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dude

Sixty Cycle Blues

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Well, I'm stumped. I've gotten ahold of yet another vintage PA amp to convert into a guitar amp, but this one has me at a loss.

The first thing I did when I got it was set up a temporary chassis ground, attach a proper speaker load, and power it up. Once the tubes warmed up, the speaker began to emit a (loud) drone, which by ear I'm gauging at about 60/120 Hz - the wall socket in other words. This is with all the volumes down to zero (bear in mind there is no MV on this thing). Adjusting the volume knobs has no effect.

Undeterred (and unsurprised), I replaced the old 2-prong power cord with a 3-prong grounded cable, attaching the ground to the chassis. Power it up and ... same problem. Just for grins, I plugged a guitar in. I was able to get sound out of it, but the alien frequency created some nasty oscillation and it sounded like some weird vibrato/terrible. Hooray for interference.

At this point I was still not worried. The amp is from 1955 and so far as I can tell, it is all original. In other words, the electrolytic can caps in the power supply are definitely shot. So I replaced them with some lovely modern electrolytic caps, got everything wired up all nice-like, and ... still the same problem.

So now I'm at a loss. I have no idea what might be the problem. I hesitate to blame the grounding scheme, as this thing was (at one point) professionally made.

the model number is a Dukane 1C460a

An additional problem: This is the rack mount version, and there was no bottom plate cover for the chassis - and hence no schematic attached. What's worse is that I have not been able to find anything more than a blurry photo online.

Does anybody have any idea what might be causing this oppressive hum?

Edited by dude

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The first two things I would check would be the tubes themselves and then the heater supplies. If your heaters are run on DC, you could have insufficient filter caps. If it is an AC heater scheme, you should check the lead dress to make sure there is no funny business there. Also, I would get a scope and look at the signal path starting at the input jack (with no guitar connected) and work my way through to see where the 60 Hz is coming from. Also, make sure you aren't in a room with big fluorescent lights while the chassis is open, as their ballasts will emit very strong 60 Hz EMI.

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So you're the owner of a Dukane 1c460. (PA, rackmount)

I found something of the Dukane 1u460. (PA, head)

So you need to check if it's based on the same schematic.

I wouldn't be surprised if your Dukane is the result of a u46025F6A(Bassman) conversion that went wrong.

If I have understood it well the flickr link provides enough info to get the Dukane working as a Bassman.

flickr not flikker

cheers

FF

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Thanks all. I've got a spare set of matched 6L6's I could swap in without too much trouble. A bad tube would certainly be an easy enough fix. Then again, if I'm somehow getting bad power supplied I may not want to throw a perfectly good pair away like that. I should measure some voltages first.

I unfortunately don't own a scope. I may be able to rent one from the university. We shall see.

That link there is very helpful. It only has part of the original schematic, but its the power supply, which is what has had me most concerned so far (since I'll be redesigning the preamp).

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Instead of renting a scope, you can buy a little digital one that will do exactly what you want for about $50. I think the brand is JYE. It is a rather popular scope in the DIY effects building world. Also, if you have hum on your heater supply, it most likely won't damage your tubes. It would have to be a bad bias or too high of a plate or screen voltage to really damage your power tubes.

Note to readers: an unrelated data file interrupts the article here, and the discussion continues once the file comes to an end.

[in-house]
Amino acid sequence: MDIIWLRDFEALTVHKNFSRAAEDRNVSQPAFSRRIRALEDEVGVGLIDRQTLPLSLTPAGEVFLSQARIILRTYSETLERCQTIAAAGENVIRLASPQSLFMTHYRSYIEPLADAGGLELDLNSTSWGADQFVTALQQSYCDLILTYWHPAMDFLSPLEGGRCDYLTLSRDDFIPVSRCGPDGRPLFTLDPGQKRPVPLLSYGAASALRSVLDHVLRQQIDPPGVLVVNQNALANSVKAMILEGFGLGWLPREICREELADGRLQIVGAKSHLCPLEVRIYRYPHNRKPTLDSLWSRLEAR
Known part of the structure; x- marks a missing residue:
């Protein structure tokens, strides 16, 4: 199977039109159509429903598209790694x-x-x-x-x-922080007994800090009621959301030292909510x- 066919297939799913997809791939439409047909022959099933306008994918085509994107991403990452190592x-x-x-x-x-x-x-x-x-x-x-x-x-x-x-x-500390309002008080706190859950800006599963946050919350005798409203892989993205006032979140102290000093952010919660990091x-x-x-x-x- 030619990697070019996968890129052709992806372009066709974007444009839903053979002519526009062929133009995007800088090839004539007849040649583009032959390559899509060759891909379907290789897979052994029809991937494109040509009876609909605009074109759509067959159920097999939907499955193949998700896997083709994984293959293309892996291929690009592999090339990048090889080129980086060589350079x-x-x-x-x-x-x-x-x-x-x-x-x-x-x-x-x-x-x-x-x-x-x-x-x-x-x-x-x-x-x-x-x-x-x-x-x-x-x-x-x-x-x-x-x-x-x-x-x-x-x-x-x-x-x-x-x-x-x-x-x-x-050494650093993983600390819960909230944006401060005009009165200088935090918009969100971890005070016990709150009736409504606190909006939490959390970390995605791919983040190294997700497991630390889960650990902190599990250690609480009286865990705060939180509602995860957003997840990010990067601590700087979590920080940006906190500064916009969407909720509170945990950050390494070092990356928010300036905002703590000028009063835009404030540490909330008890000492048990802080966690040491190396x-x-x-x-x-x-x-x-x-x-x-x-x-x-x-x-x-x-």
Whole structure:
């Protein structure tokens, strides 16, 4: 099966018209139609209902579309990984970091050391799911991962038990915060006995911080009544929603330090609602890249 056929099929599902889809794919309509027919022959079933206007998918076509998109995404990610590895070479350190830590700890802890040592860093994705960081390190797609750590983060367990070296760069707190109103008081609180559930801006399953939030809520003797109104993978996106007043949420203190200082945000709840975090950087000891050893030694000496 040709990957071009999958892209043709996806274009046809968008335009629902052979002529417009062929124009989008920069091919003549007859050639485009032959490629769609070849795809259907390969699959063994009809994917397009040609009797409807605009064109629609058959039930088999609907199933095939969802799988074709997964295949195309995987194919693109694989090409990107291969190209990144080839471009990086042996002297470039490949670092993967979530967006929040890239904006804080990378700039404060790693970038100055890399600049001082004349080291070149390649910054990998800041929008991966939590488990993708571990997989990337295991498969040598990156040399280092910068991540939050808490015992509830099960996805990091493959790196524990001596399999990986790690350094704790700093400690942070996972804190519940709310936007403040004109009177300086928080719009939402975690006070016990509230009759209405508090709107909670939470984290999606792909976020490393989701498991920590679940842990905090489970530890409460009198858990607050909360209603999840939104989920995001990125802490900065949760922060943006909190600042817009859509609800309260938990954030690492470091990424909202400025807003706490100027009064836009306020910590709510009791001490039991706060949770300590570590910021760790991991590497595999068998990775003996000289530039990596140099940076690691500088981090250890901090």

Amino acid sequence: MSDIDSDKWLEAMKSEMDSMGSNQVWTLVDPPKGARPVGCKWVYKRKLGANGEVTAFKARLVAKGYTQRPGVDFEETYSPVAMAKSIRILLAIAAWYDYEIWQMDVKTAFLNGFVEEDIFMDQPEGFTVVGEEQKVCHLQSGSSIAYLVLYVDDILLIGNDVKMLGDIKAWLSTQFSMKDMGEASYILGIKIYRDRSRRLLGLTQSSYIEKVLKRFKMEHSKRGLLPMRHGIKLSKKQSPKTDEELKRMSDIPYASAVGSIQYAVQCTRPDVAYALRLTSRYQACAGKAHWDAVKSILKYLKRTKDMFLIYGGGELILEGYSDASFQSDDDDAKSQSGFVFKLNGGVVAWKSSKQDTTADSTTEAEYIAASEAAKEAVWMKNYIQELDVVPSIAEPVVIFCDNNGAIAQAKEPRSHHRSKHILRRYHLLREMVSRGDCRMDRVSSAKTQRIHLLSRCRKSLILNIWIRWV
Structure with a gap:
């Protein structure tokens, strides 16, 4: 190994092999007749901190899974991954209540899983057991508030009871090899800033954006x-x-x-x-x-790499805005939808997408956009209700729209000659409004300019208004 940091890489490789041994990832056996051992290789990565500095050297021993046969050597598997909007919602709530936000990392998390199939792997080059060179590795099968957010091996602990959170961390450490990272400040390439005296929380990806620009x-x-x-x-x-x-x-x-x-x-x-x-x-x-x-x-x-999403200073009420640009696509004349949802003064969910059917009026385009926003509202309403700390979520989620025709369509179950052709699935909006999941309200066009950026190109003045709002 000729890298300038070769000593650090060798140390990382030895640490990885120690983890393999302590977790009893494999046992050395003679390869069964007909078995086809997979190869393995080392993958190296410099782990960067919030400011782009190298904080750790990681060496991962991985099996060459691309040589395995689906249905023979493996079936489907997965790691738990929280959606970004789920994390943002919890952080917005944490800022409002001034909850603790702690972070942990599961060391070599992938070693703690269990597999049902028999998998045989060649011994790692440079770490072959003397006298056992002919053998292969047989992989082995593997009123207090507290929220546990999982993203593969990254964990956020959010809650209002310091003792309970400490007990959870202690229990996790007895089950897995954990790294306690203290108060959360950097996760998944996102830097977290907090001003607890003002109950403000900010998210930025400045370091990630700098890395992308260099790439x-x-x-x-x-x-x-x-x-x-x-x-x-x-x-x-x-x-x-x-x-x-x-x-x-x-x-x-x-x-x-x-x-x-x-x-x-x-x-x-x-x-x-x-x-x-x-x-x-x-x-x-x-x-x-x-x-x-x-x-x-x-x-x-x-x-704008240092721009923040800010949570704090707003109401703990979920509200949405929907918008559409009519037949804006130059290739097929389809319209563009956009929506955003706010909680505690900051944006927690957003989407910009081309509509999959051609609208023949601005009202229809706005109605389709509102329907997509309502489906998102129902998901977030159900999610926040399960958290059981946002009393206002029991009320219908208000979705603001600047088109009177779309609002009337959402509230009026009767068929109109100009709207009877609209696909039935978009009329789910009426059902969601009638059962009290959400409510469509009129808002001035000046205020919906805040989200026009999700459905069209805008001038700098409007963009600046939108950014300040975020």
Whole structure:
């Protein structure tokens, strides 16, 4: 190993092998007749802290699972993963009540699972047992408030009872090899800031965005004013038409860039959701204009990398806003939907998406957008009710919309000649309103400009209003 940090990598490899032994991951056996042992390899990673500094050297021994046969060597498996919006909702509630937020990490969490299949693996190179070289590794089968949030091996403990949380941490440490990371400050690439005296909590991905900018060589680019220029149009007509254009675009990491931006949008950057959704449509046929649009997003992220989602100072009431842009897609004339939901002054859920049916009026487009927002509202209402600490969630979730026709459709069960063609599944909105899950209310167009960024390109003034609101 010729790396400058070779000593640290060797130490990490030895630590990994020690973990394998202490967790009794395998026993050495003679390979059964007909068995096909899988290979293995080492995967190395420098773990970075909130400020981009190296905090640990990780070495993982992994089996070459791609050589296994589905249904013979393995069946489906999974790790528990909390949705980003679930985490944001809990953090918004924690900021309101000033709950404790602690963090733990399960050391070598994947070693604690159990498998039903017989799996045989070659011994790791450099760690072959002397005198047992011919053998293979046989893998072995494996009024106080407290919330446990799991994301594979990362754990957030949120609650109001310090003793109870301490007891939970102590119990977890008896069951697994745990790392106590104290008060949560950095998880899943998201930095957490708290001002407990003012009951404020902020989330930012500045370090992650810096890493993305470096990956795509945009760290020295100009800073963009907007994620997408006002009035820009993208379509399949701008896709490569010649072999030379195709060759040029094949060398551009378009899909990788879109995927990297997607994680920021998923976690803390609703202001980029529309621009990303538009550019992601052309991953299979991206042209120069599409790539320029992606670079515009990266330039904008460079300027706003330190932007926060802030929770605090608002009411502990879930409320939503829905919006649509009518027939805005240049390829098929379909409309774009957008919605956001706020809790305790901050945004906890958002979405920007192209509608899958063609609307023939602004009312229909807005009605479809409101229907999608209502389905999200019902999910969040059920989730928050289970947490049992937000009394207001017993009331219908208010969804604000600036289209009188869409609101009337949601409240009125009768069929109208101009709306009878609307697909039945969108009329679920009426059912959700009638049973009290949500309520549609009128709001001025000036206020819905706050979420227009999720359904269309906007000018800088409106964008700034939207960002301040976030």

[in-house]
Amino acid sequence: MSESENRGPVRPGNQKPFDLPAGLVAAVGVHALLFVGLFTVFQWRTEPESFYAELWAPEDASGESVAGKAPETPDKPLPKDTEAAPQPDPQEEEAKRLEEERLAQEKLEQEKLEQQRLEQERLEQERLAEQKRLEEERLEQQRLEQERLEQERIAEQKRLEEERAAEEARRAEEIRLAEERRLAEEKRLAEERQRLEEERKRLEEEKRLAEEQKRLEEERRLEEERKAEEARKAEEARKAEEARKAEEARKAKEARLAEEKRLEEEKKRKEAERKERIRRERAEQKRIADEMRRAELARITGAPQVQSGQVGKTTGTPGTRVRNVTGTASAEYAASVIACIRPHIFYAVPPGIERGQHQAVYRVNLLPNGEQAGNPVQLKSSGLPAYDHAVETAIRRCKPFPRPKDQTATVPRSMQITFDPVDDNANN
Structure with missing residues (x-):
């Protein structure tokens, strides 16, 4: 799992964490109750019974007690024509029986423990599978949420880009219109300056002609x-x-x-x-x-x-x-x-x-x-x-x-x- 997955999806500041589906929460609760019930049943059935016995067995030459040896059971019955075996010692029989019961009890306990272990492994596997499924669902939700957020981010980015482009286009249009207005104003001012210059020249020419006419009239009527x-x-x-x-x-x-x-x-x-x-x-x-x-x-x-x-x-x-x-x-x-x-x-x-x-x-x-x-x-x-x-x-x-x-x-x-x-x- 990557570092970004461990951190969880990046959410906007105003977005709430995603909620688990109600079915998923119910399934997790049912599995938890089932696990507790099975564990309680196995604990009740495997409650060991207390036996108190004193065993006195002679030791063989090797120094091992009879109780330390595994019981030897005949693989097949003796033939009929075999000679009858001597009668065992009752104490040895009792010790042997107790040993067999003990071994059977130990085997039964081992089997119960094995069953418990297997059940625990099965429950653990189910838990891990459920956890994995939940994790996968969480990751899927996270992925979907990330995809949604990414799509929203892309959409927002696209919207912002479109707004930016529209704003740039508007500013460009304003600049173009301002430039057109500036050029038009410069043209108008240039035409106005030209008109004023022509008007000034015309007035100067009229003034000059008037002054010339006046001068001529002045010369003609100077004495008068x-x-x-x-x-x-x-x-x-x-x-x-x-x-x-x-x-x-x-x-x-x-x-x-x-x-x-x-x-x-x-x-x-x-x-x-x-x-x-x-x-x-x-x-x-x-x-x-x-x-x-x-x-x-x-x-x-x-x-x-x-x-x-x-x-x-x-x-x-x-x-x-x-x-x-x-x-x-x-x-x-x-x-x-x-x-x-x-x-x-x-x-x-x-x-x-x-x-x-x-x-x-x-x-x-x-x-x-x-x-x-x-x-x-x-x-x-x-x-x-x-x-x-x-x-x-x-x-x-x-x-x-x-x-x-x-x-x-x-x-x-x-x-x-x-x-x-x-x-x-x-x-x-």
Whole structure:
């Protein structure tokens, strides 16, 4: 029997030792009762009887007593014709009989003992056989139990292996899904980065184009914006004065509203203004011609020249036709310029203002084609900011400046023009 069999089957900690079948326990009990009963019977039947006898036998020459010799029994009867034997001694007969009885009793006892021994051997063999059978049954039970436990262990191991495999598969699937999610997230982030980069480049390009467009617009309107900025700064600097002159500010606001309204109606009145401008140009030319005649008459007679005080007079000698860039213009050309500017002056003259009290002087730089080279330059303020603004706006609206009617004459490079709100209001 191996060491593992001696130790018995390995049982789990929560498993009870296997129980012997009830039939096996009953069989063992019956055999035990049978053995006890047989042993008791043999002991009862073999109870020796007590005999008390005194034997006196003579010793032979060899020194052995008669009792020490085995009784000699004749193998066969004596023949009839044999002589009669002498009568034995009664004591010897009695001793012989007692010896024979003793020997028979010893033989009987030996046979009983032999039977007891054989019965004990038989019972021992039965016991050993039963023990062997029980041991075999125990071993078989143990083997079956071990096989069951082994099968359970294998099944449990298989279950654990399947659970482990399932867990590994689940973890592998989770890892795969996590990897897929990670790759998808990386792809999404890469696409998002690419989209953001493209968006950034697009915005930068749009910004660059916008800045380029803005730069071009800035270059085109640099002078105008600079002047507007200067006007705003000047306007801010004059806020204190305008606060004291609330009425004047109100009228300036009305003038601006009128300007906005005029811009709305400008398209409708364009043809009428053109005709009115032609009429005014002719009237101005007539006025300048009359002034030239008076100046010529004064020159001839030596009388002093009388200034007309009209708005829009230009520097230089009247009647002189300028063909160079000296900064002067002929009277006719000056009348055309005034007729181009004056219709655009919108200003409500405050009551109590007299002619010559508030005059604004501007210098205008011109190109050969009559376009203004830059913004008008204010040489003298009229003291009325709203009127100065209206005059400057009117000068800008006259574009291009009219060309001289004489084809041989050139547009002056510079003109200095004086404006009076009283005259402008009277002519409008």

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That's good to know. I'll look for one of those straightaway.

I just compared the schematic to the actual machine, and it appears that the rectifier RC1 is missing. This is probably not a good thing (I think its part of the bias supply).

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That's good to know. I'll look for one of those straightaway.

I just compared the schematic to the actual machine, and it appears that the rectifier RC1 is missing. This is probably not a good thing (I think its part of the bias supply).

It's a miracle that nothing burnt through. Is it because of the valve rectifier (GZ34)? Are the kathode resistors bigger than 1 ohm (some kinda class A setup)?

The 5F6A bias(& power) conversion should solve your problem when using 5881s.

Since you're experimenting with 6L6s the bias setup requirements could be different. I'm looking at a Fender vibrolux 6G11-A schematic. It has 365 volts at the anode and -36 volts as bias input.

FF

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That's good to know. I'll look for one of those straightaway.

I just compared the schematic to the actual machine, and it appears that the rectifier RC1 is missing. This is probably not a good thing (I think its part of the bias supply).

It's a miracle that nothing burnt through. Is it because of the valve rectifier (GZ34)? Are the kathode resistors bigger than 1 ohm (some kinda class A setup)?

The 5F6A bias(& power) conversion should solve your problem when using 5881s.

Since you're experimenting with 6L6s the bias setup requirements could be different. I'm looking at a Fender vibrolux 6G11-A schematic. It has 365 volts at the anode and -36 volts as bias input.

FF

No, sorry, My mistake. No, the valve rectifier was there. I'm referring to a tiny, solid state rectifier (similar to the item on the right of this picture).

selenium.jpg

As it turns out, it actually IS in the circuit, I just missed it (it looks kind of like a mounting lug).

Interestingly enough, I notice that the chassis is labeled for 5881's, while the tubes inside are 6L6's. They require different biasing, no?

EDIT: never mind. They don't. Foolish me. It still might be a bad set of tubes though.

Edited by dude

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Could also be due to bad lead dress. Maybe there is a wire picking up AC coupling and injecting it into the signal path. Also, the input jacks mightbe picking up hum if they are connected to the chassis. Try isolating those from the chassis, sometimes that helps a lot. Also, consider star grounding it. I did it to one old amp of mine and it made a huge difference.